Gov. Ned Lamont signed Friday's executive order to revive the state's nurse aides program, which was in use during the pandemic.

The program allows temporary workers to provide nursing-related services but not that require a license. According to the governor's office, the plan is to use these aides to serve residents without COVID-19. Permanent staff can then focus on patients with coronavirus.

The governor extended the deadline for nurses home workers to get their first vaccine shot, from Sept. 7 to September 27.

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JACKSON (Miss.) JACKSON, Miss. -- A few Mississippi judges are encouraging people to follow their lead and get vaccinated in an effort to slow down the spread of COVID-19. This is an effort to keep courts open.

Thirteen judges sent messages to radio and TV stations. According to a state court system news release, this is the result. The state Department of Health coordinated the effort.

Circuit Judge Stanley Sorey, Raleigh, has confirmed that his 27-year-old wife died from COVID-19 in the year before vaccines were made.

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BERLIN -- Two members of a German vaccination team were injured when a man demanded a certificate for vaccinations without wanting to be vaccinated.

German news agency dpa reported Saturday that the man attacked and injured a nurse during a vaccination event at a shopping mall in Gera's eastern town.

According to police, the man approached the mobile vaccination team and refused to be vaccinated. He then became violent after he was denied a certificate.

Two injured team members had to be treated at a hospital, but were released later. Police later arrested the attacker in a nearby garage.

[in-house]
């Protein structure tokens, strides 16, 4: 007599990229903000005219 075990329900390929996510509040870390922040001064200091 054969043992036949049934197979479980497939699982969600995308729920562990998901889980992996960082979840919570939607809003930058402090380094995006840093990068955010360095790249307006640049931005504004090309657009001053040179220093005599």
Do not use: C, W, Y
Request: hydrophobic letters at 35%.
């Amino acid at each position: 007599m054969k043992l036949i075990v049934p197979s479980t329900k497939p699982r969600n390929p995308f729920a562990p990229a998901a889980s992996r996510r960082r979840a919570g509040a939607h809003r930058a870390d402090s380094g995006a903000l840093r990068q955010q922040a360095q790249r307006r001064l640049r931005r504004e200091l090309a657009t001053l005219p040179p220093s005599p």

Police knew his identity because he registered for the vaccine in advance. He sustained minor injuries during the attack.

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PARIS -- On Saturday, a group of protestors angry about France's new virus rules gathered at a Paris shopping center and refused to be dispersed by police.

The Les Halles shopping centre in central Paris was the latest incident. Protests were being held throughout the country against government efforts for vaccinations and against the requirement of virus passes to enter restaurants and other venues.

Protesters shouted "Liberty!" as they forced their way through security guards to the underground mall. In reference to President Emmanuel Macron's government and the 2018-2019 yellow vest movement, some wore yellow armbands or yellow vests.

On Saturday, thousands marched under a canopy made of French tricolor flags to protest a rally called by Florian Philippot. Other demonstrations took place in Marseille and in other cities.

These protests have been ongoing for weeks and the majority of French citizens support the rules. Some 73% have received their first dose, while 67% have been fully vaccinated.

France's recent surge in infections began receding shortly after the virus was eliminated. Hospitalisations are also on the decline.

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ANKARA (Turkey) -- According to her son, a 116-year old woman from Turkey survived COVID-19. She is now one of the oldest survivors of the disease.

Ayse Karatay was moved to a normal ward on Saturday, according to her son Ibrahim.

"My mother became ill at the tender age of 116. She remained in intensive care for three weeks." He said that her health is improving and that she is feeling better.

In February, Sister Andre, a French nun, was cured of COVID-19 just days before her 117th Birthday. She is the second-oldest living person in the world.

After falling ill, Ayse from Emirdag, Afyonkarahisar in western Turkey was taken to Eskisehir City hospital. She had tested positive for COVID-19.

Ibrahim claimed that she had received only one dose of the Chinese Sinovac vaccine prior to becoming ill. She also said that her family members were likely to have infected her.

Ayse was born in the Ottoman Empire when precise dates of birth were not recorded.